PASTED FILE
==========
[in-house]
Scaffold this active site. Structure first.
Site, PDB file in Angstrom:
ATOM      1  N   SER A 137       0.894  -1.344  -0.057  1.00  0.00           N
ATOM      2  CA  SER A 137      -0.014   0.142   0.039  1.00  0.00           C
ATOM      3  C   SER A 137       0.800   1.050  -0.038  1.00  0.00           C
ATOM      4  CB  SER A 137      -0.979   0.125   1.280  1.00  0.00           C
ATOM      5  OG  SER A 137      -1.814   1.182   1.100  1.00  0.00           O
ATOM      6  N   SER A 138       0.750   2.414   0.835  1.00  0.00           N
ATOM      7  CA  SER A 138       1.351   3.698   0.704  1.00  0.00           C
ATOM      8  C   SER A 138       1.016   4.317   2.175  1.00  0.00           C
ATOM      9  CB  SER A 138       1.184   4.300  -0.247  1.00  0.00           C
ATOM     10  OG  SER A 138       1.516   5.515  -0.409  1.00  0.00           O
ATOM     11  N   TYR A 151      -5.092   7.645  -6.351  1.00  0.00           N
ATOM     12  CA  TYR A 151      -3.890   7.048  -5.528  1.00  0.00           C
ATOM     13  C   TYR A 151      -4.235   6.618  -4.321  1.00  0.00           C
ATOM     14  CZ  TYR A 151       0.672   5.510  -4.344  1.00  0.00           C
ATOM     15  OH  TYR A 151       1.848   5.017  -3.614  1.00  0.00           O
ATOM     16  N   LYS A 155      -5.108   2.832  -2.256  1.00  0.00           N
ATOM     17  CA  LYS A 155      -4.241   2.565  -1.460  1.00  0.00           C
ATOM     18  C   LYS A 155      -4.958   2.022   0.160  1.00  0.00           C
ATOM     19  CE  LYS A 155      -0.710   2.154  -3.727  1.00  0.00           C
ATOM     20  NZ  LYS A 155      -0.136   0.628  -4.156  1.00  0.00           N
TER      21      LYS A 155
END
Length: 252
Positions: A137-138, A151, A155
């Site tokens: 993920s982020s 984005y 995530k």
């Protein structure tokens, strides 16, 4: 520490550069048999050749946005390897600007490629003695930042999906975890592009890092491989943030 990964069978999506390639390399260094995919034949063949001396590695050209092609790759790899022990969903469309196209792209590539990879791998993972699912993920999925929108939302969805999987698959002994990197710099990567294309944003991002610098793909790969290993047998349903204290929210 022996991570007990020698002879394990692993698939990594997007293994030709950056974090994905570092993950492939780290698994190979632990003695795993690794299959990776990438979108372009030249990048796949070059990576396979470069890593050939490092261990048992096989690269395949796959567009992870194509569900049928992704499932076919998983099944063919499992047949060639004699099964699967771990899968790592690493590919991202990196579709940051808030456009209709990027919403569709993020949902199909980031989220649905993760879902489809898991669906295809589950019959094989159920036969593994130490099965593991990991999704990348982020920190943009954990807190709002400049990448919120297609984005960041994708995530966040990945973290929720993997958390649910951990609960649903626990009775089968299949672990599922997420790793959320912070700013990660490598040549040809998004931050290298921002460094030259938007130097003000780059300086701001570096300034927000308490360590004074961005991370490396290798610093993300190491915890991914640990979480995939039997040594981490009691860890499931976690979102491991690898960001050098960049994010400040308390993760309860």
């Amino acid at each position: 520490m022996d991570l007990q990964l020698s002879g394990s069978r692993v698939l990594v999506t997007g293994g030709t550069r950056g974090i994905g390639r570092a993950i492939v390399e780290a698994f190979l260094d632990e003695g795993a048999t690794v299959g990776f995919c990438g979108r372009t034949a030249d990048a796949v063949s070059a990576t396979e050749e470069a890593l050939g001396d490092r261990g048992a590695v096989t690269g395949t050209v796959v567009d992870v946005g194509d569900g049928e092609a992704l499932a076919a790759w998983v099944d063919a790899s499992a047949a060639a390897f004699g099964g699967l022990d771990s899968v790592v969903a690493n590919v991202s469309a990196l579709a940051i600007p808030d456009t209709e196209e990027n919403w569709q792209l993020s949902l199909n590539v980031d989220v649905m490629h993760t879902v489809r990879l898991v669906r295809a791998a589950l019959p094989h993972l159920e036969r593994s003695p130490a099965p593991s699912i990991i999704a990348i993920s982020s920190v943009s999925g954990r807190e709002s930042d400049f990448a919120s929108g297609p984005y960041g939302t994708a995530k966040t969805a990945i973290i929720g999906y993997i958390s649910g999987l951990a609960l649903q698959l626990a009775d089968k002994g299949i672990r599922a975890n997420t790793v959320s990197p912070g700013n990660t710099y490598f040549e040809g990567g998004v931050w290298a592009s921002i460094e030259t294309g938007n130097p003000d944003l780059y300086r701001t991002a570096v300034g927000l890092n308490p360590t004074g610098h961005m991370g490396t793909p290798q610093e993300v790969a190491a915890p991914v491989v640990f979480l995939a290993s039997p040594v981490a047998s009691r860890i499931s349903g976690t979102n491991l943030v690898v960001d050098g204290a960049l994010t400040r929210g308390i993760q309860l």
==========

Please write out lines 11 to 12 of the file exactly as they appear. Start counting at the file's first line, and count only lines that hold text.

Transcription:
ATOM      8  C   SER A 138       1.016   4.317   2.175  1.00  0.00           C
ATOM      9  CB  SER A 138       1.184   4.300  -0.247  1.00  0.00           C